Wednesday, May 30, 2012


I'm so thankful to tell my PPCM story on my friend Amanda's blog today. When I originally wrote my my journey for this blog, I kept it simple and stuck with the facts of what was happening to me. I'm honored to be able to rewrite my story, and most importantly, educate others about this pregnancy-induced form of congestive heart failure.

In other exciting news, Audrey's nursery was featured on Baby Lifestyles earlier this month.

Thursday, May 10, 2012

PPCM breaking news!

A new study was done about PPCM and the findings are huge!

Here's the basics:
- PPCM is now confirmed to be a vascular disease (not enough blood vessels are produced for both mom and baby at the end of pregnancy, which puts too much stress on the heart)
- PPCM is more common in women with preeclampsia
- PPCM is more common with multiples
- PPCM is a 2-trigger step disease (the blood vessel issue is the first trigger, the second trigger is still a mystery).

I know this might not sound like a lot, but it is. Finding any sort of link between women with preeclampsia and PPCM is major. This means whenever a woman diagnosed with preeclampsia complains about not getting enough air or some other congestive heart failure symptom, doctors will actually consider PPCM as a possibility.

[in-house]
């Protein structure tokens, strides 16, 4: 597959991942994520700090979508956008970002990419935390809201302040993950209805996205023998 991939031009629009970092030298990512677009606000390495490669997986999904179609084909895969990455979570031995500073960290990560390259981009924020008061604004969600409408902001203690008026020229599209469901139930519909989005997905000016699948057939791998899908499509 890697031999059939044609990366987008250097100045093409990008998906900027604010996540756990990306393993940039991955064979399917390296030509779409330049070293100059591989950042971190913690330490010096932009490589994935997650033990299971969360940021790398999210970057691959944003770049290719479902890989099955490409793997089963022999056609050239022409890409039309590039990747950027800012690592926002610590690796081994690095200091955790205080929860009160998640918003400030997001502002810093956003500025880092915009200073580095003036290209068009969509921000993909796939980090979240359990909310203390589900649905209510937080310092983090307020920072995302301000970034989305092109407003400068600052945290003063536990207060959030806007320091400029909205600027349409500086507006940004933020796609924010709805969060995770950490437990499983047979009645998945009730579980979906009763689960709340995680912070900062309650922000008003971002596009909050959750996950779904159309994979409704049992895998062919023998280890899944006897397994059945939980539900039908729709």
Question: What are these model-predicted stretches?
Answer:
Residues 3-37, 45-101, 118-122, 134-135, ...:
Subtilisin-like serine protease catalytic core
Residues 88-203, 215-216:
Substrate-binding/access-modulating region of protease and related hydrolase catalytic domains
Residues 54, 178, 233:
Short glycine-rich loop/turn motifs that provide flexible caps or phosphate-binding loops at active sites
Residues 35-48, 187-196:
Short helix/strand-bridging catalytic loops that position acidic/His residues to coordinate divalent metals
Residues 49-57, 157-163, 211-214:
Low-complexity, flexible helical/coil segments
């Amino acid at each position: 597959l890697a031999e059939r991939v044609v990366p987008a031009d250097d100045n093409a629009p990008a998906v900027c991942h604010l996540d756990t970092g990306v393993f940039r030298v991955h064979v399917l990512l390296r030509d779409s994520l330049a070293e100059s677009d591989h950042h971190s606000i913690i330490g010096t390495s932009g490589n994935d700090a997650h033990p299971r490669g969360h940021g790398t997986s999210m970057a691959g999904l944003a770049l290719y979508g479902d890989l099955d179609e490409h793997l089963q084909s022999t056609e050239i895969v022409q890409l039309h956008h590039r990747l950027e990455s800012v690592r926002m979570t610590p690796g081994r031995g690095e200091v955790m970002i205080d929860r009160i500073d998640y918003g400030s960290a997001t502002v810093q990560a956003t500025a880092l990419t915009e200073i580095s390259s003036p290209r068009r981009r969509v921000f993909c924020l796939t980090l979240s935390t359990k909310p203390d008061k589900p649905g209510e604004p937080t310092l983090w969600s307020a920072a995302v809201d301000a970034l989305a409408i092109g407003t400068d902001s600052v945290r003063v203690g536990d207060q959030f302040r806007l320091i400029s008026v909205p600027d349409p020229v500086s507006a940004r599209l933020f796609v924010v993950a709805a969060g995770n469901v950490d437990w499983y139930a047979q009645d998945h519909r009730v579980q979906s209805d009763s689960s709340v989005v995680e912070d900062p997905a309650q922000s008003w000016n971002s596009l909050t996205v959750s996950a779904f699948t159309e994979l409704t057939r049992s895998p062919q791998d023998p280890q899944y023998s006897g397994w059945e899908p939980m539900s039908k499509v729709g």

I wish I was given this consideration when I went to the ER the first time. Things could have been different.

And on that note...a health update.

I had my 3 month echo and it didn't go so great. My cardiologist wants me to get a pacemaker. I'm in the process of getting 2nd and 3rd opinions. My first appointment is next week.

I joined a PPCM support group on Facebook last month, and they have been both supportive and educational. They were all pretty concerned with the fast pace my doctor wants to go, because the "p" word typically doesn't come up until 10-12 months...since I am improving (it's just going at a snail pace).

If both doctors tell me a pacemaker is the way to go...then I will. The thought of a pacemaker used to really scare me, but the thought of death is even scarier – so a pacemaker doesn't sound too tragic anymore.